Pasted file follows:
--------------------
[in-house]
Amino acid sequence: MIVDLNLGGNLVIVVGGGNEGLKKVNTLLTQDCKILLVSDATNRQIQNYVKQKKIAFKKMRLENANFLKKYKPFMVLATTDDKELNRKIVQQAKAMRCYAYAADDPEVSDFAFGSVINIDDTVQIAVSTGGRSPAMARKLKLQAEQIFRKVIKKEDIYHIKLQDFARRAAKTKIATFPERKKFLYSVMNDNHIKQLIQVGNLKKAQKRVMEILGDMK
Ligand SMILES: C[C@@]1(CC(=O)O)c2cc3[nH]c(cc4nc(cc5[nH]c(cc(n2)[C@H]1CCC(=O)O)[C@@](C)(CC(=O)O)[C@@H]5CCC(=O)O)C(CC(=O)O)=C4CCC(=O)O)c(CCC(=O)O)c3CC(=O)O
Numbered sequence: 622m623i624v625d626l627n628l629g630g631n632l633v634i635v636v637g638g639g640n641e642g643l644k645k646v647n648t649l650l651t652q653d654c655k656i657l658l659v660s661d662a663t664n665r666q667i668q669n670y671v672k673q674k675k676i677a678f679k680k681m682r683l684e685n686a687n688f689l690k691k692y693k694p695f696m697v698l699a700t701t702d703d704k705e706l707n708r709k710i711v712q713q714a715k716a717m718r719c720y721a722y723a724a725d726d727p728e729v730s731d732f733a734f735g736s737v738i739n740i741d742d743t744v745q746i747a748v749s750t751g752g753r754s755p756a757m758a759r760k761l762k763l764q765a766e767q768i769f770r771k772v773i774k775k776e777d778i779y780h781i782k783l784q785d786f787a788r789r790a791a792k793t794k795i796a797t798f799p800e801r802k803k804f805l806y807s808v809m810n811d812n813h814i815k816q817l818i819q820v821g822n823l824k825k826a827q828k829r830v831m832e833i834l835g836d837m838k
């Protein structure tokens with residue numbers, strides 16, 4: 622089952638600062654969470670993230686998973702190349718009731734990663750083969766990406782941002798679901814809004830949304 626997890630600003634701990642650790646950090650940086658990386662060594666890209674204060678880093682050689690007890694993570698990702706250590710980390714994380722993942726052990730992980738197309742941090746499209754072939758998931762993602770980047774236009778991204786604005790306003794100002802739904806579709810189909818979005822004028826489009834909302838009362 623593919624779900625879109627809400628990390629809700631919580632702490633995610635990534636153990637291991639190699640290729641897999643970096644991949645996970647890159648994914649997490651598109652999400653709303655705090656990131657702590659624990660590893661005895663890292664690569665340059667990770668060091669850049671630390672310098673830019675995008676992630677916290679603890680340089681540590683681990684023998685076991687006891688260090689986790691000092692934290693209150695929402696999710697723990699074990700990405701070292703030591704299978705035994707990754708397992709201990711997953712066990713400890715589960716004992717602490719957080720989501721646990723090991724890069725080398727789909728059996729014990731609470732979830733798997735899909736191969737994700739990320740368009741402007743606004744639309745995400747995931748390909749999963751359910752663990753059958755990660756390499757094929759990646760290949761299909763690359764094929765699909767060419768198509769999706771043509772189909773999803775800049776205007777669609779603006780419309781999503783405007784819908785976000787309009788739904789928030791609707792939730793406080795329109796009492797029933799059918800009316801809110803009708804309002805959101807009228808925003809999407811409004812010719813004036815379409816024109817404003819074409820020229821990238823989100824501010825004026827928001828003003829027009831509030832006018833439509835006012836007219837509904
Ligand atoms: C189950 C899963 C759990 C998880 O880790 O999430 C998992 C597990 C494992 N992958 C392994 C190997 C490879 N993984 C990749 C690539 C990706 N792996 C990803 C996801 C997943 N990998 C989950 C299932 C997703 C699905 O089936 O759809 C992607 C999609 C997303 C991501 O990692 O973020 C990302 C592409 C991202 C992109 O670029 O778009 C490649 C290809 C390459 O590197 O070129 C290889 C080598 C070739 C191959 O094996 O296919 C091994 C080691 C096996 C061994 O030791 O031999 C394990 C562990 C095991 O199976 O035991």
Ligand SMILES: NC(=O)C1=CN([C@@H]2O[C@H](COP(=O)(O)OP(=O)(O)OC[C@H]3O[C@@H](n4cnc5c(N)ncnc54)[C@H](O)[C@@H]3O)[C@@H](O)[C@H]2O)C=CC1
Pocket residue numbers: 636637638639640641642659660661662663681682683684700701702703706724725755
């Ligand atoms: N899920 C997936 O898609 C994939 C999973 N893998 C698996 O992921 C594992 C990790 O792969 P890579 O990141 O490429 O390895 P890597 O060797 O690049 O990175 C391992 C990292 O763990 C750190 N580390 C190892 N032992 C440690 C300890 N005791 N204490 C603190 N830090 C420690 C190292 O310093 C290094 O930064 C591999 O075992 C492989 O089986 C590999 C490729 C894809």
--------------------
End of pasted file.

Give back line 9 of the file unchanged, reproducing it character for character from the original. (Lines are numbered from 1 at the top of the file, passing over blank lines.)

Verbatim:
């Ligand atoms: N899920 C997936 O898609 C994939 C999973 N893998 C698996 O992921 C594992 C990790 O792969 P890579 O990141 O490429 O390895 P890597 O060797 O690049 O990175 C391992 C990292 O763990 C750190 N580390 C190892 N032992 C440690 C300890 N005791 N204490 C603190 N830090 C420690 C190292 O310093 C290094 O930064 C591999 O075992 C492989 O089986 C590999 C490729 C894809």